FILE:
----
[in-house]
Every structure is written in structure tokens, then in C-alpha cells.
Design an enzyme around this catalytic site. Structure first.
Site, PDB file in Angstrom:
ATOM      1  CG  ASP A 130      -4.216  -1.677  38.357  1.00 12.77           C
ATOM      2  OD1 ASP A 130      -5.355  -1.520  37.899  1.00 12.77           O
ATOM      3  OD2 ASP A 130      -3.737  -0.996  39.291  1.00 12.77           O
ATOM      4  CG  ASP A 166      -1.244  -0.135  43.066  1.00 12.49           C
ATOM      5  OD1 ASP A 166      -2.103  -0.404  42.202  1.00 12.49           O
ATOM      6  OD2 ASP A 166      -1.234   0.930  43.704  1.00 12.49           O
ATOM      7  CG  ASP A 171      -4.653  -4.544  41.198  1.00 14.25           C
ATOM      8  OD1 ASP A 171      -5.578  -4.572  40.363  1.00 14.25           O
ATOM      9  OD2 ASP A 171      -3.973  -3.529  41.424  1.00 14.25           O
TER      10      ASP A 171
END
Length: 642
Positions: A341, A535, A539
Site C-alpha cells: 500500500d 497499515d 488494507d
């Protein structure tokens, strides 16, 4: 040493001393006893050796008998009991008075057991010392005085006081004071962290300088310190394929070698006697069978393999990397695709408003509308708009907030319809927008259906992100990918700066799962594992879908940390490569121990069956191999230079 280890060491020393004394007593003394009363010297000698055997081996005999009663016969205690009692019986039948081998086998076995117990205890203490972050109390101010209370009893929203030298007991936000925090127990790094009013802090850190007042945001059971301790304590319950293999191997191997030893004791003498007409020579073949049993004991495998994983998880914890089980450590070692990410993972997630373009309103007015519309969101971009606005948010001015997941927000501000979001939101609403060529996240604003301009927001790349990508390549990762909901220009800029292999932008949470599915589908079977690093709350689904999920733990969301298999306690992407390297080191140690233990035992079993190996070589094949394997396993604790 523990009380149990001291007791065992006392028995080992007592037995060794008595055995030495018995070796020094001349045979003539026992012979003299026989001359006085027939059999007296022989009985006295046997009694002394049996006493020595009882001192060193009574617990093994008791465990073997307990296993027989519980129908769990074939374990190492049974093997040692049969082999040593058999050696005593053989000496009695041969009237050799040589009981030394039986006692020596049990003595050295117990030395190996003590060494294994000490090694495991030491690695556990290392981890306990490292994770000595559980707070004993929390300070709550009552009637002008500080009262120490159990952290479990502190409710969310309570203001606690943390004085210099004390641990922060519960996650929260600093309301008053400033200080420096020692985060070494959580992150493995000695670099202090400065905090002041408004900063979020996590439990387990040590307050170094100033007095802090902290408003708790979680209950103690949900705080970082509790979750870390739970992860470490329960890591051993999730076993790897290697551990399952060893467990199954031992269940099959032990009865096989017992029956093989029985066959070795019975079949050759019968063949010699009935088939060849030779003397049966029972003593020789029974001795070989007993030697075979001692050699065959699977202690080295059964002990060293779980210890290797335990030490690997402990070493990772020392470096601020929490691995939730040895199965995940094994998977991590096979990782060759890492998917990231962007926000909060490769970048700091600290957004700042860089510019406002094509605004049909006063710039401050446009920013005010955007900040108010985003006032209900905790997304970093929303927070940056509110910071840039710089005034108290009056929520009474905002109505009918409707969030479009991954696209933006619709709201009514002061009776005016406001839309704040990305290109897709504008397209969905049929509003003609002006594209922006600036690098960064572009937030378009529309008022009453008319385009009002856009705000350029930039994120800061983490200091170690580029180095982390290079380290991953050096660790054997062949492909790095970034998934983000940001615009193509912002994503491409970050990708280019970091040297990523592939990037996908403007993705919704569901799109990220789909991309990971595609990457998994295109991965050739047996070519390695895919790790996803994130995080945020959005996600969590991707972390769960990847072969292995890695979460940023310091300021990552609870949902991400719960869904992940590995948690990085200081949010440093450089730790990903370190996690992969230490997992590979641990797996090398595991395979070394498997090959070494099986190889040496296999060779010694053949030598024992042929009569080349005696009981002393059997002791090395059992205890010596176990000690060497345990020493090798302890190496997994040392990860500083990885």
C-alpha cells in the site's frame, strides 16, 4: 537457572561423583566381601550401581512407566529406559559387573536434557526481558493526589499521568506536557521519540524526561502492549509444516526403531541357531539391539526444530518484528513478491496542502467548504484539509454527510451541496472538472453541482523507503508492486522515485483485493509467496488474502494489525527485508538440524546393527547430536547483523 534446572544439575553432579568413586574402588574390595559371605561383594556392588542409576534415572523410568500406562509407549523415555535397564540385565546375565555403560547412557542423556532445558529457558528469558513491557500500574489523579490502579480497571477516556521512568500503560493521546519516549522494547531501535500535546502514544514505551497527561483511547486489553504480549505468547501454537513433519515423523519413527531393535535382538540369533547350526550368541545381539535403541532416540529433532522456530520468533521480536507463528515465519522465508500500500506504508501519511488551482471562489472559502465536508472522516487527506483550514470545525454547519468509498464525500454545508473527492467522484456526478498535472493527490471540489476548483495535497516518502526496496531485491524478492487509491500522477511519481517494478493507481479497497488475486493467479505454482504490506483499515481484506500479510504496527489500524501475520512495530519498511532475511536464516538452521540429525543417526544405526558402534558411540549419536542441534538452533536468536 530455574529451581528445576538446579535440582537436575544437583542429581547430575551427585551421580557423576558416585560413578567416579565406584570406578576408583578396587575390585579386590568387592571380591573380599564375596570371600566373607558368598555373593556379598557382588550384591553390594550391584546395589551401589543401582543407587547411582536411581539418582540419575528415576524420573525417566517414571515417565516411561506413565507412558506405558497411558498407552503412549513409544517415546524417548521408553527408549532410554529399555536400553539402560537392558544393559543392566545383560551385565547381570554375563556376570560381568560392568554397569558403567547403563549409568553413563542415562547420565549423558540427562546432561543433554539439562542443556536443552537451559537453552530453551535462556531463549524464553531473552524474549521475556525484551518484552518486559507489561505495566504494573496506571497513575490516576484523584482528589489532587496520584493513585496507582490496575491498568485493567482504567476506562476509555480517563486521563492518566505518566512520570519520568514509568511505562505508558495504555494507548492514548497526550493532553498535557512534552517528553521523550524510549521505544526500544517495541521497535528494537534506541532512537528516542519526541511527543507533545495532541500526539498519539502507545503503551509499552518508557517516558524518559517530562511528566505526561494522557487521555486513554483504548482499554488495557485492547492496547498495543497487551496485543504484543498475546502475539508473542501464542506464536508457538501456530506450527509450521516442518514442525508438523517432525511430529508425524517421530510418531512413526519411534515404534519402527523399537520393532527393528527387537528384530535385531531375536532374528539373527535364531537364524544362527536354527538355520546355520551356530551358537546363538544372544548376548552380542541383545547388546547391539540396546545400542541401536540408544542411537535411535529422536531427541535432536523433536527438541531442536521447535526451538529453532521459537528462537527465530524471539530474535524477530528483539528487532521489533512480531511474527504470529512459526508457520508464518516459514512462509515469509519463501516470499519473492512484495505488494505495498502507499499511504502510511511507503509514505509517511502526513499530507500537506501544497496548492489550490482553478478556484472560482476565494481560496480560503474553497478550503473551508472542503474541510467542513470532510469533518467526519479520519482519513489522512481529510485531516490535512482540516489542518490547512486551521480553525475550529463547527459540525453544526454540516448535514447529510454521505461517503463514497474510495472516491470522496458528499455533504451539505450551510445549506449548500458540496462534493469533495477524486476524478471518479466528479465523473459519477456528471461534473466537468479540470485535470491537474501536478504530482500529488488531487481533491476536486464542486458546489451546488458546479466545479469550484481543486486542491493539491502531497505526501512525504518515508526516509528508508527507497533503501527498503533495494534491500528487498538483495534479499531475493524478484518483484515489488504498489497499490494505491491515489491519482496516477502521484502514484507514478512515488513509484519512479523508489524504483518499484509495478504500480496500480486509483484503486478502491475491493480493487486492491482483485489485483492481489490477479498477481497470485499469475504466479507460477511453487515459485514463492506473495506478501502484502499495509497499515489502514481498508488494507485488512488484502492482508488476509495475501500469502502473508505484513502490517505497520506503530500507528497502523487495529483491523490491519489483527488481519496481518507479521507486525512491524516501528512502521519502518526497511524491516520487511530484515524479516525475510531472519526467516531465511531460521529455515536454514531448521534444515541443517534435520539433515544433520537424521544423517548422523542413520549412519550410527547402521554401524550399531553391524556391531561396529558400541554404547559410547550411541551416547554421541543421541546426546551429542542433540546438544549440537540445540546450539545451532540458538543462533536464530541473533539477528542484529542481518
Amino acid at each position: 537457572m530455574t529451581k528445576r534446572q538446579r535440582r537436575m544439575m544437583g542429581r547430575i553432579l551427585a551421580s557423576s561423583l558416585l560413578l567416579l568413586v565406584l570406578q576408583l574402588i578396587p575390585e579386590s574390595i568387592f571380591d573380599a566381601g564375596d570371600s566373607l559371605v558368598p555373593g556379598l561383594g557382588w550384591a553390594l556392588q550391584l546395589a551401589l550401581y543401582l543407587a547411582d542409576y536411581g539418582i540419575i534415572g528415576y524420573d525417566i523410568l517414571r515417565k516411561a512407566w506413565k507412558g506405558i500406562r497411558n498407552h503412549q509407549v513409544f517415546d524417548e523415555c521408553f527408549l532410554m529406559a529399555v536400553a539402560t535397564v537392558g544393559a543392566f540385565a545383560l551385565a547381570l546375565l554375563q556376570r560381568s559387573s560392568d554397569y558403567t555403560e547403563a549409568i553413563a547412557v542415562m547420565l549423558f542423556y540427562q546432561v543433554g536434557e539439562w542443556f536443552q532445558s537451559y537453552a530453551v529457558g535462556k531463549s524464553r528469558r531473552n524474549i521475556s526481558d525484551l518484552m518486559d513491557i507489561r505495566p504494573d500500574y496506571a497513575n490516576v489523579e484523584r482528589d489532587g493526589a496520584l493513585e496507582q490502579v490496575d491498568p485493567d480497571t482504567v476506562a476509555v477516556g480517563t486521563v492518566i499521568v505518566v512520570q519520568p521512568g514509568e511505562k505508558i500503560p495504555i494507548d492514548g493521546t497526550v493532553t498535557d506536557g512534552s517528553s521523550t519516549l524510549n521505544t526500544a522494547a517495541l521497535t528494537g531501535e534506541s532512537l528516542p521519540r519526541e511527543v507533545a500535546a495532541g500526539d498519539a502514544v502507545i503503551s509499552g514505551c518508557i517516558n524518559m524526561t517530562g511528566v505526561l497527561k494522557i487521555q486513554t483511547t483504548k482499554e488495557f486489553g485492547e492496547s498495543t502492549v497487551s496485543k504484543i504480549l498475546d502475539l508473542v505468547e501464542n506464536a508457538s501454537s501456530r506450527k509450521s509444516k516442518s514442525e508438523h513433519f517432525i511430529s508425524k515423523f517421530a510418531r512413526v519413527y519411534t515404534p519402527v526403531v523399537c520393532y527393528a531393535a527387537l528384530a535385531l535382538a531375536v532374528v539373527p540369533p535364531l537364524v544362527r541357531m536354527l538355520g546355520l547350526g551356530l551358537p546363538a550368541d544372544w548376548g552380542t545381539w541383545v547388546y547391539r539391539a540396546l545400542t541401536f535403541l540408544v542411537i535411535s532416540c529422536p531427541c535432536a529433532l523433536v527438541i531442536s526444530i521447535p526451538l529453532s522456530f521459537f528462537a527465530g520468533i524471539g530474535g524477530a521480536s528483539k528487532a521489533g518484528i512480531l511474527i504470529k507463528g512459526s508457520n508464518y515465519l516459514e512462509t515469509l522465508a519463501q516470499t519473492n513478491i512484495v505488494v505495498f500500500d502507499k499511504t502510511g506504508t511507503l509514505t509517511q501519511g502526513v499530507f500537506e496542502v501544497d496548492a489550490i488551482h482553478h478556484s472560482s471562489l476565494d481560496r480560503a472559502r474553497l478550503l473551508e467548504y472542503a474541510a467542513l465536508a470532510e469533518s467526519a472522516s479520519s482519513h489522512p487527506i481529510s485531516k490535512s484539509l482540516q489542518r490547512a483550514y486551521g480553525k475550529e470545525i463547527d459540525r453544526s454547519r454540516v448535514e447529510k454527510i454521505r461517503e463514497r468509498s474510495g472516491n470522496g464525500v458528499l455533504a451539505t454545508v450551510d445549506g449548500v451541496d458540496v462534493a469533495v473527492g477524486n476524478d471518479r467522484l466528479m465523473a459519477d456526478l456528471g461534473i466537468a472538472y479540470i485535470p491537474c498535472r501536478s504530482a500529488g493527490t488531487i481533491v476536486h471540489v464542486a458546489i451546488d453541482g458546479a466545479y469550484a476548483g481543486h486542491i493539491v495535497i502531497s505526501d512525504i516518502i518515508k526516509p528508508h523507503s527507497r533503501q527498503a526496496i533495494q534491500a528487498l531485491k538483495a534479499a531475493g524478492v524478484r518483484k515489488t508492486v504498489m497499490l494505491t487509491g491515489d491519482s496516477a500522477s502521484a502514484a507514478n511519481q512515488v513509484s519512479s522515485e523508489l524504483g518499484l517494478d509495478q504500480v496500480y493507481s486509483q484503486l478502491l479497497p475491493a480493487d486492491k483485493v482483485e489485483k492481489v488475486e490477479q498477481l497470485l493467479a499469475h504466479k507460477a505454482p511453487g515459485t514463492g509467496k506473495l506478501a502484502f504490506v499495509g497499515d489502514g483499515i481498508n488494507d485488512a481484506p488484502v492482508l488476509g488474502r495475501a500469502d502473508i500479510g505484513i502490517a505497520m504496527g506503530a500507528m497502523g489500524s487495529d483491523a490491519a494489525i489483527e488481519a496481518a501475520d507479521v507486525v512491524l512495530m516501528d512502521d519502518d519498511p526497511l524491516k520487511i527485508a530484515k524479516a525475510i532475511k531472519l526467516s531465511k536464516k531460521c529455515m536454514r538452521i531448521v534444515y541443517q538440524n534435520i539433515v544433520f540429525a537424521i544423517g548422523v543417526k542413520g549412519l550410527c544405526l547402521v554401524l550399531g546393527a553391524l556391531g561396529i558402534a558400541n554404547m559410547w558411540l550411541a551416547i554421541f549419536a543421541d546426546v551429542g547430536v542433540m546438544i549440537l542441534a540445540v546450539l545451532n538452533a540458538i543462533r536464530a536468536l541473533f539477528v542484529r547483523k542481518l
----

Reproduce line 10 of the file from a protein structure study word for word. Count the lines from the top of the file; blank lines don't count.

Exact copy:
ATOM      6  OD2 ASP A 166      -1.234   0.930  43.704  1.00 12.49           O